Stolen Child by Laura Elliot
My rating: 3 of 5 stars
Carla Kelley is a beautiful and famous model, whose career is only heightened by her pregnancy, as she advertises the maternity line, "Anticipation." Susanne Dowling, meanwhile, lives a quiet and sad life, punctuated by several heart-breaking miscarriages. Her last one seems destined to send her over the edge.
Shortly after Carla's baby, Isobel, is born, the baby vanishes from the hospital without a trace. The media descends upon the model and her husband, ruining his undercover detective career and threatening their marriage.
Meanwhile, Susanne and her husband, David, are basking in happiness: their new baby girl, Joy. Susanne finally has the baby she's always wanted. But is she happy?
The book alternates between Carla and Susanne's points of view and eventually, once she's old enough, we hear from Joy as well. While the story is compelling, I had a hard time getting into the novel as neither Carla and Susanne present as very sympathetic characters, despite their losses. The book becomes more interesting as Joy ages and can tell her side of the story. Much of the tale is more a study in personalities and psychology than a page-turning search for a child. The reader is always aware where the "stolen child" is, even if her parents are not.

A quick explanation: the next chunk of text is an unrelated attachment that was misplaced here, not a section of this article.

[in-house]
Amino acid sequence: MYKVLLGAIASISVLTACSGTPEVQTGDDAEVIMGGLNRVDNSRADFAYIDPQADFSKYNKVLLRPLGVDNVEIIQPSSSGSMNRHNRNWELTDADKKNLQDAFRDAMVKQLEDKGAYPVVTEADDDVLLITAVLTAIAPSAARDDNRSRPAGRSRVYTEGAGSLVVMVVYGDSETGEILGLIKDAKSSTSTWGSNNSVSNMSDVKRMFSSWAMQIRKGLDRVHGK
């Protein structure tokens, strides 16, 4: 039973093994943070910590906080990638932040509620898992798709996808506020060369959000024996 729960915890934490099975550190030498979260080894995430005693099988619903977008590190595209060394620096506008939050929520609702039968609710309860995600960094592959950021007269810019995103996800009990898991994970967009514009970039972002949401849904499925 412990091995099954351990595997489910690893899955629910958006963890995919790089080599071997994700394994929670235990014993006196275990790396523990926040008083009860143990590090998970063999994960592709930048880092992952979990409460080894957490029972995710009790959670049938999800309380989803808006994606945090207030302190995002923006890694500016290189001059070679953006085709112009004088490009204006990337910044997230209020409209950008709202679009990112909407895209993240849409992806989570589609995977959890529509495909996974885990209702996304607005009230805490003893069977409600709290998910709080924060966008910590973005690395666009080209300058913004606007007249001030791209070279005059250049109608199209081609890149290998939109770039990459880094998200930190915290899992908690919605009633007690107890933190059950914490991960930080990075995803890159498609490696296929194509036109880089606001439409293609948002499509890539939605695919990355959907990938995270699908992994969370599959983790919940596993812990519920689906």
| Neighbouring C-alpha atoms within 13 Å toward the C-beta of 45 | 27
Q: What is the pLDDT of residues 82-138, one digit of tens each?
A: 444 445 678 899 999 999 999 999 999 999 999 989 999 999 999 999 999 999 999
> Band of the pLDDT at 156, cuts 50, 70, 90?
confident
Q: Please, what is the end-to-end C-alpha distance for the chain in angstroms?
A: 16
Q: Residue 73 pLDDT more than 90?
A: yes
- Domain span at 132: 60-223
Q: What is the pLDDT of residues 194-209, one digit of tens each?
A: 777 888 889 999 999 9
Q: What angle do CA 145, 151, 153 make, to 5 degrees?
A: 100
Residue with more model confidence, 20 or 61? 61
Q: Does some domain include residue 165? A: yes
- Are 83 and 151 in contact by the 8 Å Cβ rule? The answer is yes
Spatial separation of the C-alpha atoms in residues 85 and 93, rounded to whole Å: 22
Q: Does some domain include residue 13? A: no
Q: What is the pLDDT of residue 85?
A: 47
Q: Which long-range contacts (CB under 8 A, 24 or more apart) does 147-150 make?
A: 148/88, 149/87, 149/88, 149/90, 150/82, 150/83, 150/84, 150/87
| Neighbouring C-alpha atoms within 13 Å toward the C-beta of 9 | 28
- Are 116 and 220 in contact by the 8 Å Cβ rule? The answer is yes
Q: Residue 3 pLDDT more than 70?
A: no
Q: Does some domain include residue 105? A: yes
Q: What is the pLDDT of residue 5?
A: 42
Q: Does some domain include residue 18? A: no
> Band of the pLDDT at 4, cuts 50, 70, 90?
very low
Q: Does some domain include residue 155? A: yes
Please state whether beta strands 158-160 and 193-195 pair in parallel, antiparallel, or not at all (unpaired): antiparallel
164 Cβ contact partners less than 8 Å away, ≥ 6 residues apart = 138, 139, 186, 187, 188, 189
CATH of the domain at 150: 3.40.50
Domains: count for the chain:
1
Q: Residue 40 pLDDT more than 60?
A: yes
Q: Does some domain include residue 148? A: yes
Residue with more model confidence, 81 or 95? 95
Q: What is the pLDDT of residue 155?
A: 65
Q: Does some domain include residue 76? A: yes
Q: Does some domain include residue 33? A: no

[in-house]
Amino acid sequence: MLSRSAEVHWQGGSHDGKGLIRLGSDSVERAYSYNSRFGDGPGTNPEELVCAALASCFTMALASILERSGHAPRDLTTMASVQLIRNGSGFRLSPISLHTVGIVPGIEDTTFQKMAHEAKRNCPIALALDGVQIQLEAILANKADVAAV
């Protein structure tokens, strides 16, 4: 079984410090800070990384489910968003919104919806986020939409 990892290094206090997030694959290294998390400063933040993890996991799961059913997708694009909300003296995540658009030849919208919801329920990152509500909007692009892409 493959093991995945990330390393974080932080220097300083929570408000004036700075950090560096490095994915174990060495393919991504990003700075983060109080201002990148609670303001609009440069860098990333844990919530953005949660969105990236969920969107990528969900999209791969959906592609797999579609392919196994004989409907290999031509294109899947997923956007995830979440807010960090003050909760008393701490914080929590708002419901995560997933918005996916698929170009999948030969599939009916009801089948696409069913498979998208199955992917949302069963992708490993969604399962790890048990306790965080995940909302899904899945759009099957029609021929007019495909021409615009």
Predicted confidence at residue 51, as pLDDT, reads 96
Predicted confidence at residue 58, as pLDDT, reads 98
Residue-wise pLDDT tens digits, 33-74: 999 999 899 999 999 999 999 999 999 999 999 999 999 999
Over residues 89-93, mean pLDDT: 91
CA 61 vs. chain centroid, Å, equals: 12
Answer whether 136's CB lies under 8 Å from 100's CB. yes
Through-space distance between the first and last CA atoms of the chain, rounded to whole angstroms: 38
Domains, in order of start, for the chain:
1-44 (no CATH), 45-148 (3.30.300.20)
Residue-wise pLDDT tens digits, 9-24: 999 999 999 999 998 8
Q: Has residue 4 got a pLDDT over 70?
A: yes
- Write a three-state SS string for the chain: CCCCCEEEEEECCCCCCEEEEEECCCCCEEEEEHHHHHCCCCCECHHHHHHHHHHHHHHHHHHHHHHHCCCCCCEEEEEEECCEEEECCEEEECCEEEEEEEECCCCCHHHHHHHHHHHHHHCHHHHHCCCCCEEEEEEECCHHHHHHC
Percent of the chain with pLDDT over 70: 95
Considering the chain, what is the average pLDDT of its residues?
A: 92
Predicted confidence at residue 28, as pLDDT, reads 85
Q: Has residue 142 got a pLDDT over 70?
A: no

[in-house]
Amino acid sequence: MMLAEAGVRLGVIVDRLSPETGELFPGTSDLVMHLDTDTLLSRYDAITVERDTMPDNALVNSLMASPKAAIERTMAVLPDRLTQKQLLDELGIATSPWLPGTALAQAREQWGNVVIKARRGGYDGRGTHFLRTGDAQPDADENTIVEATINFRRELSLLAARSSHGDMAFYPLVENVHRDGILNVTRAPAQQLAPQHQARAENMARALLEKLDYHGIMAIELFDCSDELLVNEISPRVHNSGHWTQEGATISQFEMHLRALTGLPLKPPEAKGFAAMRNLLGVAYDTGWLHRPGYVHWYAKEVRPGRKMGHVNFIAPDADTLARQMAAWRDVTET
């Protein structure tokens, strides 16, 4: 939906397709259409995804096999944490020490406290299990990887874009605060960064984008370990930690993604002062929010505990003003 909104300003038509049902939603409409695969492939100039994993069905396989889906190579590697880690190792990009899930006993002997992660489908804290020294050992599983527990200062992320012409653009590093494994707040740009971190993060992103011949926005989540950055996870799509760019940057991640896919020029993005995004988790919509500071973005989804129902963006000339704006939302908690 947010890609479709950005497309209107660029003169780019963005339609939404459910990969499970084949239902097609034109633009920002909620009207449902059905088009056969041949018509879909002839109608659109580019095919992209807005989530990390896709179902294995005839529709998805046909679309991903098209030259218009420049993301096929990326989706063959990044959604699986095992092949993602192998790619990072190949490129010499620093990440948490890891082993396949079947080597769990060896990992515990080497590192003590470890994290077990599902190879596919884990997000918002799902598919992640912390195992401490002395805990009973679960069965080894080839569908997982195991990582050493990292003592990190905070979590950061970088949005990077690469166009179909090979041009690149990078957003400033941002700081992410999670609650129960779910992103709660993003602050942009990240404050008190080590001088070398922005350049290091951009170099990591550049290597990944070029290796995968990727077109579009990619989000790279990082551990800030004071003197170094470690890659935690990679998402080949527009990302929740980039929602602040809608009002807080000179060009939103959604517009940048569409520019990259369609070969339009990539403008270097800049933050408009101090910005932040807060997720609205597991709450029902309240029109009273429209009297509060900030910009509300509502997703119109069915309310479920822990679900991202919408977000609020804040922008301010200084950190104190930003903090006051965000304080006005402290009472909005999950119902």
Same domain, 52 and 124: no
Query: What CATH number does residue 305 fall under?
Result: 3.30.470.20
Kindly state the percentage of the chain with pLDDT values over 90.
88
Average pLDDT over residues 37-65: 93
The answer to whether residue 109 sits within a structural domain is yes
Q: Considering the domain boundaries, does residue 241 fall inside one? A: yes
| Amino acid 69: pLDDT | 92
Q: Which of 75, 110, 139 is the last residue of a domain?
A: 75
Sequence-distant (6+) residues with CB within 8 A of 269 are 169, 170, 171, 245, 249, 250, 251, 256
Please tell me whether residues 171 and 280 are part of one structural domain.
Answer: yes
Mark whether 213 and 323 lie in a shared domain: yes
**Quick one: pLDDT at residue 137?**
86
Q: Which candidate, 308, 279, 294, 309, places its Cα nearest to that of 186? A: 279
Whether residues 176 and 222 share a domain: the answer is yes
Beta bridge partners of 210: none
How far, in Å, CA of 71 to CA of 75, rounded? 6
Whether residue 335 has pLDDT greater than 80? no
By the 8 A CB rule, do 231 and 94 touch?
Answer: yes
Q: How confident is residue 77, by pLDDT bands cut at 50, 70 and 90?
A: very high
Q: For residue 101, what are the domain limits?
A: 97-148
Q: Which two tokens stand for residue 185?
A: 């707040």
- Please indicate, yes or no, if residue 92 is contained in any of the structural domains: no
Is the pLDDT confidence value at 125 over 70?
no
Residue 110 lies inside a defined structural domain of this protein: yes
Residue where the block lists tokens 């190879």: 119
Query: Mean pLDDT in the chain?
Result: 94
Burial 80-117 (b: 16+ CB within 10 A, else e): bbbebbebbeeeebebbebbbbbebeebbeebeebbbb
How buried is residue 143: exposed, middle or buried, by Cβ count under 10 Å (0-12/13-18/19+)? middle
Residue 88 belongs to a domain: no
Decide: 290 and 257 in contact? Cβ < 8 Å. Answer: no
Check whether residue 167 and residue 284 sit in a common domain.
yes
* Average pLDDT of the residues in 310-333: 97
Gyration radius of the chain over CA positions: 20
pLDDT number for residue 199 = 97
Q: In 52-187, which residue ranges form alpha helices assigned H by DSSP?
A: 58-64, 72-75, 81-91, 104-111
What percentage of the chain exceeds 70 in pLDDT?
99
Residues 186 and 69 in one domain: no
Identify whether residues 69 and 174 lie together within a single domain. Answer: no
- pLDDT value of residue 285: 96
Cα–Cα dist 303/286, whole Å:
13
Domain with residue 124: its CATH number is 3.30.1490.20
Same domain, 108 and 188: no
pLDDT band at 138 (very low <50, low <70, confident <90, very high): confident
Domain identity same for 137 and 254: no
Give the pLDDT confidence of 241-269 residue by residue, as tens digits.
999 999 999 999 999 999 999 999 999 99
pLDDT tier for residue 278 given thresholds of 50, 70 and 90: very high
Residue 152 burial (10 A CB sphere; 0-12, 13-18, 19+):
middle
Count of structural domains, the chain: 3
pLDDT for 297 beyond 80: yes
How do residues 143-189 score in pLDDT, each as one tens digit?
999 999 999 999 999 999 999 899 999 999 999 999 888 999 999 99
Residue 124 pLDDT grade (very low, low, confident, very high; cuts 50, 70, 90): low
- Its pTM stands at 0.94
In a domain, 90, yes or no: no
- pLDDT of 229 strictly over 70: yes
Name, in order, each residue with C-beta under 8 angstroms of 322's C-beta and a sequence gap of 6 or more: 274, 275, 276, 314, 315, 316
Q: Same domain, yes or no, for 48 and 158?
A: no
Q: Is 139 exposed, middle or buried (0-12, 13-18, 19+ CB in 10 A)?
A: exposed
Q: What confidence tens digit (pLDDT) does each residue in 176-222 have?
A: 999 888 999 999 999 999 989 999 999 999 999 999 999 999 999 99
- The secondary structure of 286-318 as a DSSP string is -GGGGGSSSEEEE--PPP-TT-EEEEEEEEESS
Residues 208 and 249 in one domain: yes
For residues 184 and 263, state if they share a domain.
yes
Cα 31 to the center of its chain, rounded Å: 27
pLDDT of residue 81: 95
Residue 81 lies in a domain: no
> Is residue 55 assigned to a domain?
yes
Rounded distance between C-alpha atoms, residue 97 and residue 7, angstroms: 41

Overall, it's an intriguing read (and an interesting description of a scenario that terrifies many parents - I know I felt agonized reading the moments where Isobel is stolen), if not a little slow at times, with some characters who, while human and complicated, won't always elicit a lot of sympathy.
(Note: I received a digital copy of this novel in return for an unbiased review.)
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